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EU to Tighten Budget Rules

The European Union's top economy official says the bloc is tightening its budget rules to prevent future crises like the one hitting Greece, even as new concerns are raised that Portugal could be the next worry.

EU Commissioner Olli Rehn said he would publish recommendations next month on ways to toughen budget rules for the16-nation Euro Zone that has been roiled by the Greek economic crisis.

"The latest developments in the European economy in the euro area, not least in and around Greece, have clearly shown that there is an ... urgent need to reinforce economic policy coordination and ... surveillance in the euro area, in the European Union as well," he said.

Rehn spoke just days after the European Union threw Athens a $40-billion lifeline in the form of low-interest loans, should it need it.

But London School of Economics Professor Iain Begg says the European Union does not need new budget rules, but simply to enforce the ones it has.

"The rules themselves probably do not need much reform. It is mostly in the implementation, which has been rather poor over the last four or five years before the crisis broke, with many countries too ready not to follow the prescribed rules," he said.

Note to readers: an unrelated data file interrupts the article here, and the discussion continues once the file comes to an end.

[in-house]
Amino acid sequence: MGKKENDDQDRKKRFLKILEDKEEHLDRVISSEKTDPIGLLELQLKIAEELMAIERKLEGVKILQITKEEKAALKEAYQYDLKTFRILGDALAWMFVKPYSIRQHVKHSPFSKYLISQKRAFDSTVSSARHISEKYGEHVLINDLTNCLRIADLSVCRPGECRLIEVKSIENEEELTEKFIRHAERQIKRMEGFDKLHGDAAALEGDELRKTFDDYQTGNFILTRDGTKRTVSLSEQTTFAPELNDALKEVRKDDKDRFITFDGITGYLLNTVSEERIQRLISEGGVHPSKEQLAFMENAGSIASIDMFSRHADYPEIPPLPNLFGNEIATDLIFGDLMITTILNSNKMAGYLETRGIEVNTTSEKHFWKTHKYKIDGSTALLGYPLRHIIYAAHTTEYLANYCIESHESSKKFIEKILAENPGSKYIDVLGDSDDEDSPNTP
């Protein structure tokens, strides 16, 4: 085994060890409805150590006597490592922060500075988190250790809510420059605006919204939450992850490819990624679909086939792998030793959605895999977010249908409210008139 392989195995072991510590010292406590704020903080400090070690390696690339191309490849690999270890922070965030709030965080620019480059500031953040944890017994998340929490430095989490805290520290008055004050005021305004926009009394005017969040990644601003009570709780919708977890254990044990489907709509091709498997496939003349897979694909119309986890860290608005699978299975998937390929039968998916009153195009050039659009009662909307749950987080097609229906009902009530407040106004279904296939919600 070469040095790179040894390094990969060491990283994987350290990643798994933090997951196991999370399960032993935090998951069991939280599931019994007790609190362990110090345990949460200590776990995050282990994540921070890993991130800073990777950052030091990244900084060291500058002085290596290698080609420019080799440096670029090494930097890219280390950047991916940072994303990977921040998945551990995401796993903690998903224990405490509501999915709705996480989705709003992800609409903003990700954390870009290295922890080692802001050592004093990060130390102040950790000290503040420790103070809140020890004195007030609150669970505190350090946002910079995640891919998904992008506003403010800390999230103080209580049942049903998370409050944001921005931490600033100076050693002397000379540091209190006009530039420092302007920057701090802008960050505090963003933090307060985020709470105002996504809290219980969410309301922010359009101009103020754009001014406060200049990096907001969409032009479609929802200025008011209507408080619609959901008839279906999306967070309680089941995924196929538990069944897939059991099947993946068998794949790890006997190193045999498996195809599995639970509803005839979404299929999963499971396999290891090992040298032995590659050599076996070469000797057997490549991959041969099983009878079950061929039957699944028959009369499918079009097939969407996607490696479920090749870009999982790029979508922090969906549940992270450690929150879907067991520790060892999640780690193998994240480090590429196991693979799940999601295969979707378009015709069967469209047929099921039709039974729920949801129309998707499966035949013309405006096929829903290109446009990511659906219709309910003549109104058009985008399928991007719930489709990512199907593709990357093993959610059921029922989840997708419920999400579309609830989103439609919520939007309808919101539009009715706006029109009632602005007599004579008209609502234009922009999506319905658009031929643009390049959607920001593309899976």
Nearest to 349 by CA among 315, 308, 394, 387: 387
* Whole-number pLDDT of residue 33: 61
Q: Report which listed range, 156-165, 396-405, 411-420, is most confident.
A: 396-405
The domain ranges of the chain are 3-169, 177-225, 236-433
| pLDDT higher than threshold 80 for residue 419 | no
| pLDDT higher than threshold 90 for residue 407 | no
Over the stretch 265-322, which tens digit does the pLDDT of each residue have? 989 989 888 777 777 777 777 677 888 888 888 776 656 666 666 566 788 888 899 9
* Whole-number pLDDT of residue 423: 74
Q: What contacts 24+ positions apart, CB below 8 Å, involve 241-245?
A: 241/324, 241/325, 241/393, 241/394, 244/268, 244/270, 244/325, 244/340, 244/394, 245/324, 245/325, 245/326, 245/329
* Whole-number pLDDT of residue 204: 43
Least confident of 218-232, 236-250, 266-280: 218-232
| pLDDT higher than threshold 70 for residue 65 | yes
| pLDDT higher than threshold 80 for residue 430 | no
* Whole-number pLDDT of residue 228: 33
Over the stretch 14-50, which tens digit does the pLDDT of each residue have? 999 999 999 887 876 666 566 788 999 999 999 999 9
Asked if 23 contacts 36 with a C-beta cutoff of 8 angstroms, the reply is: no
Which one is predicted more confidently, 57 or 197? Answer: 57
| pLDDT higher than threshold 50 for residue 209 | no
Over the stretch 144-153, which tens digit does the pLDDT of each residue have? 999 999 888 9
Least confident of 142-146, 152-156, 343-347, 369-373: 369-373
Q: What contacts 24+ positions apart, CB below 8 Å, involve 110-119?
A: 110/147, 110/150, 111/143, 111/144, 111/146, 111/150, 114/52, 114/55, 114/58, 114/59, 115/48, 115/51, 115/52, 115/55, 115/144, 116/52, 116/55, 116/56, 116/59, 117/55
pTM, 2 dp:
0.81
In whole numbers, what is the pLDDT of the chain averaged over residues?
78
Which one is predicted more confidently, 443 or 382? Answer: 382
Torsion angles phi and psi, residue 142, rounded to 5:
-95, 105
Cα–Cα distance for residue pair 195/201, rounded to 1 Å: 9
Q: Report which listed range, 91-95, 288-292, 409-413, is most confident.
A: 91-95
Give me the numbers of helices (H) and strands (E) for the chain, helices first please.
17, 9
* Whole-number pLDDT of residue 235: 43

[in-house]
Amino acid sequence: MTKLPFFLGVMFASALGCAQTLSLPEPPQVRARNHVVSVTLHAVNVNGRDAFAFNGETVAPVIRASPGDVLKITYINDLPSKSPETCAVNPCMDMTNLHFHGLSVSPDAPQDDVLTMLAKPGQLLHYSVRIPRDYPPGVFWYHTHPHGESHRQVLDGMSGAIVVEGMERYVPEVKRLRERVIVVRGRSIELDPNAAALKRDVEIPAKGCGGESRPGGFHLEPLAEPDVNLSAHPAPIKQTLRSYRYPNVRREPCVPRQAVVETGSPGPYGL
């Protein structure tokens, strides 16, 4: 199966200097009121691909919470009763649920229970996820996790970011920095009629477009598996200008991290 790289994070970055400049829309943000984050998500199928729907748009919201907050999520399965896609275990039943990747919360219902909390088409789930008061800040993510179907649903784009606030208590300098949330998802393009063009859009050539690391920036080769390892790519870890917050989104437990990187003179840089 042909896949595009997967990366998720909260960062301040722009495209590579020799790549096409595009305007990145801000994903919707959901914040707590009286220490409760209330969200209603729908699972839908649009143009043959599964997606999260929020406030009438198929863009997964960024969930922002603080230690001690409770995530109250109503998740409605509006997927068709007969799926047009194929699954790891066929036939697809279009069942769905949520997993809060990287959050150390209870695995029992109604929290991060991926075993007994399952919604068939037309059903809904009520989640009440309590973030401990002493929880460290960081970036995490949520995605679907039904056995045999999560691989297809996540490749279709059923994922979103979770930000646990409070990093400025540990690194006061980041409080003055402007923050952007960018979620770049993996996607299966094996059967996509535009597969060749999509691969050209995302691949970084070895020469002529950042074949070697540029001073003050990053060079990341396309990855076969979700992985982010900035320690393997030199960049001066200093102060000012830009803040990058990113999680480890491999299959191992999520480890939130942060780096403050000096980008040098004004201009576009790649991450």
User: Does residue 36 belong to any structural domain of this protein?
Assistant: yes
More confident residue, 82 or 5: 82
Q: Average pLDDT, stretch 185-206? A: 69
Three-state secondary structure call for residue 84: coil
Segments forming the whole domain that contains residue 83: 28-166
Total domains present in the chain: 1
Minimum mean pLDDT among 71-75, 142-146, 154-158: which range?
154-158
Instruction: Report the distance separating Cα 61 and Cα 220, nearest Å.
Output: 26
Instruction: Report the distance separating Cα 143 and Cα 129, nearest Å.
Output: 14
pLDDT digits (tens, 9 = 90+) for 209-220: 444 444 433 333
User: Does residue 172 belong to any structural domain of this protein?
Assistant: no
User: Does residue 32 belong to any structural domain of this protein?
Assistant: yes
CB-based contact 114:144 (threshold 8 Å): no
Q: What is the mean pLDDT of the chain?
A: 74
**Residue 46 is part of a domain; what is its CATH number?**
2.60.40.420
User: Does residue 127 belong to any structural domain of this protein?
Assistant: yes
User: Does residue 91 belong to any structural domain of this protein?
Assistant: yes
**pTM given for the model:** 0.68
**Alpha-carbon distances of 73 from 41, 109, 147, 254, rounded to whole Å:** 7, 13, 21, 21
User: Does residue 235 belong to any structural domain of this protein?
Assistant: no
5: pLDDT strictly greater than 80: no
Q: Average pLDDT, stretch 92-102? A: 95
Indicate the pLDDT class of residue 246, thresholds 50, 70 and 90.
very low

Other shaky European economies have sparked fears that Greece's crisis might spread. A new report by the European Commission, the EU executive arm, raised concerns about Portugal. Last month, Portugal's credit rating was downgraded by Fitch Ratings.

Commissioner Rehn said Libson's economic growth forecasts are optimistic. But analyst Begg says Portugal's situation is different than that of Greece in two key respects.

"One is that Portugal has not been breaking the [EU budget] rules for many years to the extent that the Greeks have. And second, Portugal is less vulnerable to the aggregate scale of its public debt, as opposed to its deficit, because it is nowhere near as high as the Greek debt," he said.

Among other things, the EU report calls on Lisbon to improve education and training and to open up parts of its economy like the energy and telecommunications sectors to more competition.